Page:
Beirut in Apocalyptic Ruin – The Aftermath of Tuesday’s Explosions
Yesterday’s two massive explosions left Beirut in what is being described as “apocalyptic ruin.” The entire Port is “gone” and all of the grain silos completely flattened – 85% of Lebanon’s grain was in those silos. Upwards of 300,000 people are now homeless due to the explosions that devastated their buildings. Hundreds of Beirut citizens are still missing. Damages are estimated at between $3 Billion – $5 Billion.
“The silos…contain essential grain reserves including wheat, corn, and barley. Lebanon, which imports up to 80 percent of its food needs, is particularly reliant on imported soft wheat to make Arabic flatbread, a national staple.” Al-Arabiya News.
The death toll has been revised upwards, as expected, to over 100, and the injured also revised to nearly 5,000. (The Guardian) The blast was attributed to 2,750 tons of ammonium nitrate that had been stored at the port for the last 6 years after being confiscated by port authorities.
Port officials that have overseen all storage since 2014 have been placed under house arrest, according to Forbes.
The Lebanese government declared an emergency that will last about 2 weeks and be renewable, as well as a 3 day lockdown. The emergency declaration releases 100 Billion Lebanese pounds for disaster relief, and payments to the families of “martyrs”. It also provides for funds to purchase repair materials, and “restricts the sale of flour to ovens.” It “handed over” security in the Capitol to the military. (Read more at NNA)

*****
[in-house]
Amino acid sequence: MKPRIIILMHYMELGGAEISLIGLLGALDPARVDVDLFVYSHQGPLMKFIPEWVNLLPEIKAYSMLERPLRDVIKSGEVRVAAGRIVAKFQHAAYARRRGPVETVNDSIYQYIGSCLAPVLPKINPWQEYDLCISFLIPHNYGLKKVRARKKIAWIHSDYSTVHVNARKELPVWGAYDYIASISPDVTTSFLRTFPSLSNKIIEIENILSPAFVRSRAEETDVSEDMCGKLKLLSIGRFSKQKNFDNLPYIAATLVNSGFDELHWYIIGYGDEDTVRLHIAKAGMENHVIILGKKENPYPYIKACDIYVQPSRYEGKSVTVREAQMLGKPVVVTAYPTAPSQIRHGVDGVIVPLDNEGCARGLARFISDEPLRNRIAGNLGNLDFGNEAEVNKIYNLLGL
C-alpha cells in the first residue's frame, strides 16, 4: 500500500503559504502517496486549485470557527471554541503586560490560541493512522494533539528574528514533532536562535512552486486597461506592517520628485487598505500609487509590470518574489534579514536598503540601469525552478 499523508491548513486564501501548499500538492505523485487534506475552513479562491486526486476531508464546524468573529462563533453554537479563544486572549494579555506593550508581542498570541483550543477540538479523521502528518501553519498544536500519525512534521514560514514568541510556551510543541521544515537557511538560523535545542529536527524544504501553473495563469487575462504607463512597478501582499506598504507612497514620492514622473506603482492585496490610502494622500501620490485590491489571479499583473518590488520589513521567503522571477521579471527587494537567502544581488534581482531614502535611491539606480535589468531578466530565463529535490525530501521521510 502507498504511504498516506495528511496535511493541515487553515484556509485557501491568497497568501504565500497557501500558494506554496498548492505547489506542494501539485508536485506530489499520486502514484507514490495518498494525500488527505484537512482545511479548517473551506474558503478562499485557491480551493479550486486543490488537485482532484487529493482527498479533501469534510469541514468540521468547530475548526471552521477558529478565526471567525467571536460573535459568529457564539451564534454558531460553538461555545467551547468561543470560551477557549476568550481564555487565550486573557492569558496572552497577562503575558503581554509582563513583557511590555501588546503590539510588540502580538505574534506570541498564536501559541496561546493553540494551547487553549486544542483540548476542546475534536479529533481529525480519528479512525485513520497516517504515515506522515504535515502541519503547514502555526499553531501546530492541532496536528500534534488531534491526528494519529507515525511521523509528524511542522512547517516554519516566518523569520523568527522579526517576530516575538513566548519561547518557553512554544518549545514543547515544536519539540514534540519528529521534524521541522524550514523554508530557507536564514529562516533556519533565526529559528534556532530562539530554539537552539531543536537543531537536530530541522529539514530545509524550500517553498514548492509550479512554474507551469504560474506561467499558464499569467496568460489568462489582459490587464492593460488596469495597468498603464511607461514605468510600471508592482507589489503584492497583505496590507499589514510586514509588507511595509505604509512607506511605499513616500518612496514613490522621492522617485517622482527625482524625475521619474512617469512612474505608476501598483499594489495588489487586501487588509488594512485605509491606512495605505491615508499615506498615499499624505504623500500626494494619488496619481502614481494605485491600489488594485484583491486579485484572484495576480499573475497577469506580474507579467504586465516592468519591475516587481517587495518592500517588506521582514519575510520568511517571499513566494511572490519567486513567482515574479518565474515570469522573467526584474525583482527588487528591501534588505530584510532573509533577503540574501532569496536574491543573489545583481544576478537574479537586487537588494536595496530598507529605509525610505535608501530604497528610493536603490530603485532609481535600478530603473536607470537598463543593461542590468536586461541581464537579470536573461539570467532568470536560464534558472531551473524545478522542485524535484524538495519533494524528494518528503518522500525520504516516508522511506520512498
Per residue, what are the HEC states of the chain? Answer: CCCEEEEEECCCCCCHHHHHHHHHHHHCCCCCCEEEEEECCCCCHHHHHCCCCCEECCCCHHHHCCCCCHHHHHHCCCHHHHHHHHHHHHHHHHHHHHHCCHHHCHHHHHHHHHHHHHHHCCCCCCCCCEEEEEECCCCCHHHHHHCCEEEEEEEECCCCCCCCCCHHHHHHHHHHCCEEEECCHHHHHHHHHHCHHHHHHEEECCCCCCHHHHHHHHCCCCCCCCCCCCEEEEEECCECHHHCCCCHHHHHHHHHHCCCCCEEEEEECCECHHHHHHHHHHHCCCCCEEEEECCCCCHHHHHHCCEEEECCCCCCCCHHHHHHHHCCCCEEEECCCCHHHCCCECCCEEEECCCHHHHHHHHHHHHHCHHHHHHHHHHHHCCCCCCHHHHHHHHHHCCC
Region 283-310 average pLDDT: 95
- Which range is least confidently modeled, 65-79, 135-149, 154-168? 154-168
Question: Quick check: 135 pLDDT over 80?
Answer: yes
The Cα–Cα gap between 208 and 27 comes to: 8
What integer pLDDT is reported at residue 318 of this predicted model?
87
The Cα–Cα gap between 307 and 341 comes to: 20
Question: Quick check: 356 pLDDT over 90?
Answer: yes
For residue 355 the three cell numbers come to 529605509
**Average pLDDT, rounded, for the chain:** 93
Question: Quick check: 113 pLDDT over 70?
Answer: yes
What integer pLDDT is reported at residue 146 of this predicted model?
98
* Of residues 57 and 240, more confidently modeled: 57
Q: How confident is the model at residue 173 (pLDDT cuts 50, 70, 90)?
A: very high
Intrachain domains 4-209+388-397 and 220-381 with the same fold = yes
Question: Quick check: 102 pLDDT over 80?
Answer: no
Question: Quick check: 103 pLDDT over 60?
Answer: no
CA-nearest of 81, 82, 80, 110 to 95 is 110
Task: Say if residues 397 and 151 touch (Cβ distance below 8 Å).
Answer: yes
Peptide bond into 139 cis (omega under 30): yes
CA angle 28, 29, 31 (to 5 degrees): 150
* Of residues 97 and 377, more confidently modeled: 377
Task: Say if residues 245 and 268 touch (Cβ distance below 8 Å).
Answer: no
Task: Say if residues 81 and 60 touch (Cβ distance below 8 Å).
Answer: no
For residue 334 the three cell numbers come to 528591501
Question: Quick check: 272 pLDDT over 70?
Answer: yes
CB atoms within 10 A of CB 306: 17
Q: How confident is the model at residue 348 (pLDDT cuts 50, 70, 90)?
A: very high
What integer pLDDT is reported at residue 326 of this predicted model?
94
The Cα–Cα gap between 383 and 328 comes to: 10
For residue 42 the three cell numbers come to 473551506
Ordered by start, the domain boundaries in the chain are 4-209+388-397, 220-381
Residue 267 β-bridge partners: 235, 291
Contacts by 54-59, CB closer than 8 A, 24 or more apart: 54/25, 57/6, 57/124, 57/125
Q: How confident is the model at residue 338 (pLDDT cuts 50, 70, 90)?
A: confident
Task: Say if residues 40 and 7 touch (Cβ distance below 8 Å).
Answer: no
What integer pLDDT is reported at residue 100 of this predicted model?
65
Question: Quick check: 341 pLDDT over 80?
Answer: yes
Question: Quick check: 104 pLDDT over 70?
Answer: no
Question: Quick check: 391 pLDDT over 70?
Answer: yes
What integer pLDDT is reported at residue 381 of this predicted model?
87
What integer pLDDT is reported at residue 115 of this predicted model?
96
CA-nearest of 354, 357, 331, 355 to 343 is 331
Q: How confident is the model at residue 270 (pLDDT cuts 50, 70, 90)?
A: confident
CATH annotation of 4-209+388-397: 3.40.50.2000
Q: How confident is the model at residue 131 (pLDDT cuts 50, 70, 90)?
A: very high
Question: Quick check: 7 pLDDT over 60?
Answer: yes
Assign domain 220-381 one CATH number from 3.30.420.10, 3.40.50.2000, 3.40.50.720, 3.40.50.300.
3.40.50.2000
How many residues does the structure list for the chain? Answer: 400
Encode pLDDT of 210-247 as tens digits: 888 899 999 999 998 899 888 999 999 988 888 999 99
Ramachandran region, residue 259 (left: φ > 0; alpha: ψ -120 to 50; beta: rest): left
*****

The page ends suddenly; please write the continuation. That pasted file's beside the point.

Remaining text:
The major problem is that Lebanon is on the brink of financial disaster after the COVID pandemic. This disaster could not have come at a worse time.
The cause of Beirut’s apocalyptic ruin: ammonium nitrate
Andrea Sella, professor of chemistry at University College London, told the BBC that on its own, ammonium nitrate is relatively safe to handle. But…
“The real problem is that over time it will absorb little bits of moisture and it eventually turns into an enormous rock. This makes it more dangerous because if a fire reaches it, the chemical reaction will be much more intense.”
The chemical explosion could also release deadly toxins of nitrogen dioxide (often associated with air pollution) and ammonia gas. The mushroom cloud, Sella said, was caused by the compressed air of the shockwave that expanded rapidly and cooled suddenly.
Featured photo: Screenshot of the Beirut Port before and after via Hurriyet Daily News